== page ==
To Extinguish Flames from Oil. — Milk will immediately and effectually txtinguish the flames from any form of petroleum, since it forms an emulsion with the oil, whereas water only spreads it. To Remove Rust from Knives. — If the rust has eaten into the steel the marks of rust can he quite removed ; smear very thoroughly with sweet oil and quicklime mixed to a paste, leave for a few days, then wash and clean with hathbrick in the usual way • To Clean a Bath.—'When the bath has become dirty and stains hard to remove, take a saucer and half fill with salt, then add sufficient paraffin to cover. Dip a sponge or a piece of flannel into it, and rub well over the bath until rhe stains disappear. Thrn rinse with hot water.
To clean a Tight Cloth Coat. — Place it flat on a table and sprinkle it well all over with French chalk, and with a nice clean soft brush rub the powder in. Then take the coat out in the opening - and give it a good shakingl and it will look just as well as if It had been to the cleaner’s. A Remedy for Sunburned Hands. — 'A process which will soften and whiten the handss wonderfully is to wash them in hot milk for a day or two, and on retiring rub them well with cold c?eam and put on a pair of kid or woollen gloves. Wash thoroughly in warm water in the mornkng. Sunburned hands should bo washed in limewater or lemon juice. Hints on Cake Waking.—Cakes should be placed on a wire tray to cool, if possible, to prevent them getting heavy. Cakes containing much syrup are liable to burn if not baked slowly. The oven door should not be opened more than once or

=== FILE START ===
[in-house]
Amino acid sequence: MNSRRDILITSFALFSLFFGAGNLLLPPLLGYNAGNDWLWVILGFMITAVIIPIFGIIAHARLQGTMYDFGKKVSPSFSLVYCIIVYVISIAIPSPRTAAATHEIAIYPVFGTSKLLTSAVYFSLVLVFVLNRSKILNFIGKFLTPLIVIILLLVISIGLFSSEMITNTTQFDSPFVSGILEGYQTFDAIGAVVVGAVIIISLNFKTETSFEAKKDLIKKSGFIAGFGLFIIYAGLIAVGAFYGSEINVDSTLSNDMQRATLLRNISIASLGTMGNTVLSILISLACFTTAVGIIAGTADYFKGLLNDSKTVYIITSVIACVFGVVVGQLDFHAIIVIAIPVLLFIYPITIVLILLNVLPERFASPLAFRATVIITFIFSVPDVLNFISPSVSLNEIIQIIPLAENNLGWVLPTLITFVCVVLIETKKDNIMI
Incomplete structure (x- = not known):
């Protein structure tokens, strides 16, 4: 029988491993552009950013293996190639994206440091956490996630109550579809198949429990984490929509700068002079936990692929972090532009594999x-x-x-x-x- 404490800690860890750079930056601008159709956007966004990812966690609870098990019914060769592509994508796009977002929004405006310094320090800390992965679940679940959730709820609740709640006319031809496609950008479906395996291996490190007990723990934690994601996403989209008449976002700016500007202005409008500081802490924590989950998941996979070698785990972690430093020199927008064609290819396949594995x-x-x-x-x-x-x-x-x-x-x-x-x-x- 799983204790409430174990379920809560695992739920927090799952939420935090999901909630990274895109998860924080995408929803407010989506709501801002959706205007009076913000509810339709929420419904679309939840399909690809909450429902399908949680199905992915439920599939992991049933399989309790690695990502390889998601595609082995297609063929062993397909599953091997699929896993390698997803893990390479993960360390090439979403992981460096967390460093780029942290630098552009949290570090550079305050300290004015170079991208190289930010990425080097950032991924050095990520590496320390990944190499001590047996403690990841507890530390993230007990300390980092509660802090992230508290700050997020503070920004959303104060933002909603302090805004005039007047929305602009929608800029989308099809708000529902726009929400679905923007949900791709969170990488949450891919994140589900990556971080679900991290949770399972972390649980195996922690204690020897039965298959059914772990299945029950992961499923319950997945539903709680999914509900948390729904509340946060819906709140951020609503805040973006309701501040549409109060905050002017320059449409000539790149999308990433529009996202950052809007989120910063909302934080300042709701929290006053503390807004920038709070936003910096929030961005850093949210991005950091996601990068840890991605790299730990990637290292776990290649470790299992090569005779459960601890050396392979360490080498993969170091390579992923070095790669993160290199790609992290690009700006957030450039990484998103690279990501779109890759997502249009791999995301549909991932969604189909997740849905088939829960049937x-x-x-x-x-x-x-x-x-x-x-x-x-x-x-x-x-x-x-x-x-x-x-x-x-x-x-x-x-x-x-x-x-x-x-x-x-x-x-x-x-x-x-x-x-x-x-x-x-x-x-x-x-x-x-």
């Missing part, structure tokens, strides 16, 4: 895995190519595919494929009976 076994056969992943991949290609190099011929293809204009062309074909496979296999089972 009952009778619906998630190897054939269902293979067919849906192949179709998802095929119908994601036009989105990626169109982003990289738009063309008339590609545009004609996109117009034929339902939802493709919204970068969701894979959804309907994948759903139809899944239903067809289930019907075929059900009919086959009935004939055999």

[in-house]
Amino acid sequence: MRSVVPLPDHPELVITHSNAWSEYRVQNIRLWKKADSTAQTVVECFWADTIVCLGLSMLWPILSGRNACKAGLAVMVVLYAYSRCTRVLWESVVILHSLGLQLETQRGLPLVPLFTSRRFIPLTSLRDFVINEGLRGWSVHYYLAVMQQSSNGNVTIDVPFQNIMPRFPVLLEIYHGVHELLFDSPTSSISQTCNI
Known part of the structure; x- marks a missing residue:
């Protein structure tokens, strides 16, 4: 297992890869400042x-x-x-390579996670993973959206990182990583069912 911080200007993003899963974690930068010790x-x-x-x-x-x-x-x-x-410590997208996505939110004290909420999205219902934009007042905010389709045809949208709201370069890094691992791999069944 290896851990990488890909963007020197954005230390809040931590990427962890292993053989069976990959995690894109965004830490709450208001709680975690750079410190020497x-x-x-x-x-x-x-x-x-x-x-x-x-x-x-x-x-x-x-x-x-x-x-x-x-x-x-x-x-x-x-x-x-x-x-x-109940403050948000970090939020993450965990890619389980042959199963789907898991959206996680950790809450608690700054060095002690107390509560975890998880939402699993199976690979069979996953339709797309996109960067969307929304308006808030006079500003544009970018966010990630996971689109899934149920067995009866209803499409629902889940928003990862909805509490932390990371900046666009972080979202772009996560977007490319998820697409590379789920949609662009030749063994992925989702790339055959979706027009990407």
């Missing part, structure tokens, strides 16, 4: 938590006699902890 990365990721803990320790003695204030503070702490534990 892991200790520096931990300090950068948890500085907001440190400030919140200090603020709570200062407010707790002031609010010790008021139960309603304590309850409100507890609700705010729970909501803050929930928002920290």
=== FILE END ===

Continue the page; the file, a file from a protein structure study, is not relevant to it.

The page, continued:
twice during the baking, and be closed gently, or the cakes will be likely to sink in the middle, and be heavy.
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HOUSEHOLD HINTS., Southern Cross, Volume 14, Issue 51, 9 March 1907
HOUSEHOLD HINTS. Southern Cross, Volume 14, Issue 51, 9 March 1907
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